- Be careful not to startle your dog – A sleeping deaf dog will become easily startled if not carefully woken up, so try gently tugging on their blanket or waving a hand in front of their nose so they can smell you first.
- Use rewards – If your deaf dog responds to visual commands, wakes up gently, or does anything to improve their obedience training, positive reinforcement is key. Always keep a treat nearby and give puppy lots of praise for a job well done.
Can you prevent hearing loss in dogs?
Though deafness in dogs is often hereditary and simply part of the aging process, there are some steps pet owners can take to prevent the onset or worsening of hearing loss.
Don’t skimp on regular vet visits. During your pet’s annual visit, your veterinarian will check and clean your dog’s ears and look for signs of impairment or other health issues. If you’ve noticed a difference or any concerning symptoms, be sure to voice your concern.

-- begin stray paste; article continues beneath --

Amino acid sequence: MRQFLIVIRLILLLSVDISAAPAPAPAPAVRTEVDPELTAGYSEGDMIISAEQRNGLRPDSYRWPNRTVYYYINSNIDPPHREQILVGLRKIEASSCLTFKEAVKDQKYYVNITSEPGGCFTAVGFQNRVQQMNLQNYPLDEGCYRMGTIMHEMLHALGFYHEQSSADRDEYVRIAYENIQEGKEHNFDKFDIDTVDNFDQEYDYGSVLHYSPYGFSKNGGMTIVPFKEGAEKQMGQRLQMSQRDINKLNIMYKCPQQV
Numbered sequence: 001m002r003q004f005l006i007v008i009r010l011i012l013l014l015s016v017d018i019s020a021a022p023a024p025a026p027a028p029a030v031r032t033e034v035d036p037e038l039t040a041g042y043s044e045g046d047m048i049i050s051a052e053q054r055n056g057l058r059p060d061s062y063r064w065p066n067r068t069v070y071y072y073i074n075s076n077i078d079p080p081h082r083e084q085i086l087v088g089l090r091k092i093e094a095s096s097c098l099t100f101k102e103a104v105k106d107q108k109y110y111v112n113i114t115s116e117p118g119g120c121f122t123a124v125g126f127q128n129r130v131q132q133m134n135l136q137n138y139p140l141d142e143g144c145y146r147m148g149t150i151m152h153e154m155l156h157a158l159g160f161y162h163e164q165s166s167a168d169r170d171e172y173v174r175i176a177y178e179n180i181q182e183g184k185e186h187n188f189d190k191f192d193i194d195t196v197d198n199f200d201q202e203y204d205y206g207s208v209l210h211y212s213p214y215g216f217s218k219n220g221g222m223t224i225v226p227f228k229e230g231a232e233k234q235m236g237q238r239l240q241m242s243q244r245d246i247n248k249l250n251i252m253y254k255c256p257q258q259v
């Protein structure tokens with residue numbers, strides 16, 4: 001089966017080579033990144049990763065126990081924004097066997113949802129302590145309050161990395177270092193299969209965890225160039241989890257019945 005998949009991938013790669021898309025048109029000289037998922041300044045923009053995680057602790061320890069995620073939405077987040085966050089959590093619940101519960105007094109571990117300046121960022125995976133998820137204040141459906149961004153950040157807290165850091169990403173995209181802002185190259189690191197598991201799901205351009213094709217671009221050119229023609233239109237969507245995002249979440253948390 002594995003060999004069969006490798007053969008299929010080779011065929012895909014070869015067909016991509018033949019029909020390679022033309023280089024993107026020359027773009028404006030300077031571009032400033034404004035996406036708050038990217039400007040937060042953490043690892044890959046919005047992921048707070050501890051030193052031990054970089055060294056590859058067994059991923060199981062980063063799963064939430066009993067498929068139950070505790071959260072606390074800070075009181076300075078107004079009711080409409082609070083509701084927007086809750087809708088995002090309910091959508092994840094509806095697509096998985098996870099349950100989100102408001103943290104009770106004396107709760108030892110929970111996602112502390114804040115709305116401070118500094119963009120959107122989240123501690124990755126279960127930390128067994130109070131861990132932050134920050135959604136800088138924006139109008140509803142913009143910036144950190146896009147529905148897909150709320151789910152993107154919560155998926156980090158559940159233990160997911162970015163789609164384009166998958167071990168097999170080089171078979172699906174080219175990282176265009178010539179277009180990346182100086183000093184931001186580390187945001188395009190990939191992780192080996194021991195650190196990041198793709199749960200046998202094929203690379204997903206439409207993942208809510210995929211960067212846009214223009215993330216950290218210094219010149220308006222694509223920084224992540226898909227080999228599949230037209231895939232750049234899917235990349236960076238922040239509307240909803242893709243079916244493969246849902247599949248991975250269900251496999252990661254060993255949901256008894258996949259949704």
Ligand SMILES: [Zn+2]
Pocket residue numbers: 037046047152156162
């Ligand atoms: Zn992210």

Keep your pup’s ear canal clean. Excessive ear wax may lead to temporary hearing loss, especially when it comes to breeds with relatively narrow ear canals. Be sure to regularly clean your dog’s ears with vet-approved cleaning solutions to help fight infection, prevent itchiness, and more.
Groom hair around your dog’s ears. When grooming your dog, be sure to snip overgrown hair around the ears to avoid blocking the ear canal.
Regularly look for foreign objects. After lots of play outdoors, it’s easy for foreign objects like grass seed to get lodged in your dog’s ear. Look for excessive head-shaking or pawing at the ear, then contact your vet before attempting to remove any items yourself. Your vet will likely use tiny tweezers and an endoscope to examine your dog.